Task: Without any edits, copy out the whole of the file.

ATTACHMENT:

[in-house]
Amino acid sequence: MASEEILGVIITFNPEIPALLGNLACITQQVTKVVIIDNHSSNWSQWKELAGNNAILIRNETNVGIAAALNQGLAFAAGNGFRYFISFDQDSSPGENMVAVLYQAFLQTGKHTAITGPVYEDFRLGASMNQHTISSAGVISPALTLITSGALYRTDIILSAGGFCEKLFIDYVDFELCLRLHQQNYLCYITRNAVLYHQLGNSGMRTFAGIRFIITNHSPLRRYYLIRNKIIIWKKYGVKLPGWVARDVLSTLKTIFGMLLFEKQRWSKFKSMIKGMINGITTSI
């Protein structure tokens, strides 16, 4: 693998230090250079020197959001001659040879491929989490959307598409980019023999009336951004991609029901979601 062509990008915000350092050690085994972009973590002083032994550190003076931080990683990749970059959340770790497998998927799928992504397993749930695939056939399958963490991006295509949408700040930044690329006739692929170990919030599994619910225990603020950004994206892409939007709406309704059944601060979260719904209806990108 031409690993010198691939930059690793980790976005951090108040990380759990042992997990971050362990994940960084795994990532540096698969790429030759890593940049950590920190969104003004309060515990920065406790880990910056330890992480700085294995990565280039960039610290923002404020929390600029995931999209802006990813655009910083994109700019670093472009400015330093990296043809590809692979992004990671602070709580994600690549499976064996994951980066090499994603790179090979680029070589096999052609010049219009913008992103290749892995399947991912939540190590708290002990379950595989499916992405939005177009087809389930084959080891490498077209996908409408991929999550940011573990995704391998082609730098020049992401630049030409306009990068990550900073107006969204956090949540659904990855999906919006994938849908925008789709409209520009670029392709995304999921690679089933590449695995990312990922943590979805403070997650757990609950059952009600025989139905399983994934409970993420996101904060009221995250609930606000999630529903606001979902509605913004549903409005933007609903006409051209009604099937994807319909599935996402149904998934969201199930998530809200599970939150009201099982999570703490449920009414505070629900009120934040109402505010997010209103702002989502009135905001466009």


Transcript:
[in-house]
Amino acid sequence: MASEEILGVIITFNPEIPALLGNLACITQQVTKVVIIDNHSSNWSQWKELAGNNAILIRNETNVGIAAALNQGLAFAAGNGFRYFISFDQDSSPGENMVAVLYQAFLQTGKHTAITGPVYEDFRLGASMNQHTISSAGVISPALTLITSGALYRTDIILSAGGFCEKLFIDYVDFELCLRLHQQNYLCYITRNAVLYHQLGNSGMRTFAGIRFIITNHSPLRRYYLIRNKIIIWKKYGVKLPGWVARDVLSTLKTIFGMLLFEKQRWSKFKSMIKGMINGITTSI
């Protein structure tokens, strides 16, 4: 693998230090250079020197959001001659040879491929989490959307598409980019023999009336951004991609029901979601 062509990008915000350092050690085994972009973590002083032994550190003076931080990683990749970059959340770790497998998927799928992504397993749930695939056939399958963490991006295509949408700040930044690329006739692929170990919030599994619910225990603020950004994206892409939007709406309704059944601060979260719904209806990108 031409690993010198691939930059690793980790976005951090108040990380759990042992997990971050362990994940960084795994990532540096698969790429030759890593940049950590920190969104003004309060515990920065406790880990910056330890992480700085294995990565280039960039610290923002404020929390600029995931999209802006990813655009910083994109700019670093472009400015330093990296043809590809692979992004990671602070709580994600690549499976064996994951980066090499994603790179090979680029070589096999052609010049219009913008992103290749892995399947991912939540190590708290002990379950595989499916992405939005177009087809389930084959080891490498077209996908409408991929999550940011573990995704391998082609730098020049992401630049030409306009990068990550900073107006969204956090949540659904990855999906919006994938849908925008789709409209520009670029392709995304999921690679089933590449695995990312990922943590979805403070997650757990609950059952009600025989139905399983994934409970993420996101904060009221995250609930606000999630529903606001979902509605913004549903409005933007609903006409051209009604099937994807319909599935996402149904998934969201199930998530809200599970939150009201099982999570703490449920009414505070629900009120934040109402505010997010209103702002989502009135905001466009």